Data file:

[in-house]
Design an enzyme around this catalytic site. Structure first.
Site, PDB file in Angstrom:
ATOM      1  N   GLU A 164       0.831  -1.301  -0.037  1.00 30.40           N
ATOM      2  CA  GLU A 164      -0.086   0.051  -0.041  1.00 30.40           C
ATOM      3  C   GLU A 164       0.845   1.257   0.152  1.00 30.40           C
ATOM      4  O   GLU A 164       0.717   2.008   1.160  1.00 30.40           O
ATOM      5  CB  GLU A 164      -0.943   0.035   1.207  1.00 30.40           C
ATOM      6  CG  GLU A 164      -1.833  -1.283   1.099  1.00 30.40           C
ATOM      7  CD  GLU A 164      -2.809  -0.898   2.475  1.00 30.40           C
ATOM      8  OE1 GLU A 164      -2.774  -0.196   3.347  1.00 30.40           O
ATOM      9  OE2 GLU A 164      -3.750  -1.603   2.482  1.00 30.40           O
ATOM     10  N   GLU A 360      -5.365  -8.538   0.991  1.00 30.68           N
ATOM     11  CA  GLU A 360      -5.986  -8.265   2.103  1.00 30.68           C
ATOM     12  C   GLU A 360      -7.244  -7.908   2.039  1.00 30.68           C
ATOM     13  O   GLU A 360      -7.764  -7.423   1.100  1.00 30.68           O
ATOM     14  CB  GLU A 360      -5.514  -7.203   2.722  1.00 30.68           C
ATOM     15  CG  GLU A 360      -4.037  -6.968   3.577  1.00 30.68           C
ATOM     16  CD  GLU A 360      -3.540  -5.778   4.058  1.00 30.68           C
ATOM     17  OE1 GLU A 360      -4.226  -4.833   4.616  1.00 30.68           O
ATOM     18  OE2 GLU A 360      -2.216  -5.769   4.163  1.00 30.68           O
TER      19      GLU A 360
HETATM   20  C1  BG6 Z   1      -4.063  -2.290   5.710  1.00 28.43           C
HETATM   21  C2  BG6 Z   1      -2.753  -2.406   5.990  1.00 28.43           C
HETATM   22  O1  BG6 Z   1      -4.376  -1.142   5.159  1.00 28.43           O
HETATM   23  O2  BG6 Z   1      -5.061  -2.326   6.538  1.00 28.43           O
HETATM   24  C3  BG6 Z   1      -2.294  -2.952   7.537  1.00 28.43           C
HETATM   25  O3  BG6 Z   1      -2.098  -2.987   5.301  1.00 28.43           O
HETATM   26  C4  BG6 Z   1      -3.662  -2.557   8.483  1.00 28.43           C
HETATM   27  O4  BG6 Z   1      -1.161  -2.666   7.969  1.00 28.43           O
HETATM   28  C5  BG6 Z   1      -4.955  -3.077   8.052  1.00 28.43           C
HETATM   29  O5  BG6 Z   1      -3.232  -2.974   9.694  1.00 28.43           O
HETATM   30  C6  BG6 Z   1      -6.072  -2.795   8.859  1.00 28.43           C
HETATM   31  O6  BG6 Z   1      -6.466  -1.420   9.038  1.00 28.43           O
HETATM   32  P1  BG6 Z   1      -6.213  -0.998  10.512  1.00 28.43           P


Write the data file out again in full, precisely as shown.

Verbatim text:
[in-house]
Design an enzyme around this catalytic site. Structure first.
Site, PDB file in Angstrom:
ATOM      1  N   GLU A 164       0.831  -1.301  -0.037  1.00 30.40           N
ATOM      2  CA  GLU A 164      -0.086   0.051  -0.041  1.00 30.40           C
ATOM      3  C   GLU A 164       0.845   1.257   0.152  1.00 30.40           C
ATOM      4  O   GLU A 164       0.717   2.008   1.160  1.00 30.40           O
ATOM      5  CB  GLU A 164      -0.943   0.035   1.207  1.00 30.40           C
ATOM      6  CG  GLU A 164      -1.833  -1.283   1.099  1.00 30.40           C
ATOM      7  CD  GLU A 164      -2.809  -0.898   2.475  1.00 30.40           C
ATOM      8  OE1 GLU A 164      -2.774  -0.196   3.347  1.00 30.40           O
ATOM      9  OE2 GLU A 164      -3.750  -1.603   2.482  1.00 30.40           O
ATOM     10  N   GLU A 360      -5.365  -8.538   0.991  1.00 30.68           N
ATOM     11  CA  GLU A 360      -5.986  -8.265   2.103  1.00 30.68           C
ATOM     12  C   GLU A 360      -7.244  -7.908   2.039  1.00 30.68           C
ATOM     13  O   GLU A 360      -7.764  -7.423   1.100  1.00 30.68           O
ATOM     14  CB  GLU A 360      -5.514  -7.203   2.722  1.00 30.68           C
ATOM     15  CG  GLU A 360      -4.037  -6.968   3.577  1.00 30.68           C
ATOM     16  CD  GLU A 360      -3.540  -5.778   4.058  1.00 30.68           C
ATOM     17  OE1 GLU A 360      -4.226  -4.833   4.616  1.00 30.68           O
ATOM     18  OE2 GLU A 360      -2.216  -5.769   4.163  1.00 30.68           O
TER      19      GLU A 360
HETATM   20  C1  BG6 Z   1      -4.063  -2.290   5.710  1.00 28.43           C
HETATM   21  C2  BG6 Z   1      -2.753  -2.406   5.990  1.00 28.43           C
HETATM   22  O1  BG6 Z   1      -4.376  -1.142   5.159  1.00 28.43           O
HETATM   23  O2  BG6 Z   1      -5.061  -2.326   6.538  1.00 28.43           O
HETATM   24  C3  BG6 Z   1      -2.294  -2.952   7.537  1.00 28.43           C
HETATM   25  O3  BG6 Z   1      -2.098  -2.987   5.301  1.00 28.43           O
HETATM   26  C4  BG6 Z   1      -3.662  -2.557   8.483  1.00 28.43           C
HETATM   27  O4  BG6 Z   1      -1.161  -2.666   7.969  1.00 28.43           O
HETATM   28  C5  BG6 Z   1      -4.955  -3.077   8.052  1.00 28.43           C
HETATM   29  O5  BG6 Z   1      -3.232  -2.974   9.694  1.00 28.43           O
HETATM   30  C6  BG6 Z   1      -6.072  -2.795   8.859  1.00 28.43           C
HETATM   31  O6  BG6 Z   1      -6.466  -1.420   9.038  1.00 28.43           O
HETATM   32  P1  BG6 Z   1      -6.213  -0.998  10.512  1.00 28.43           P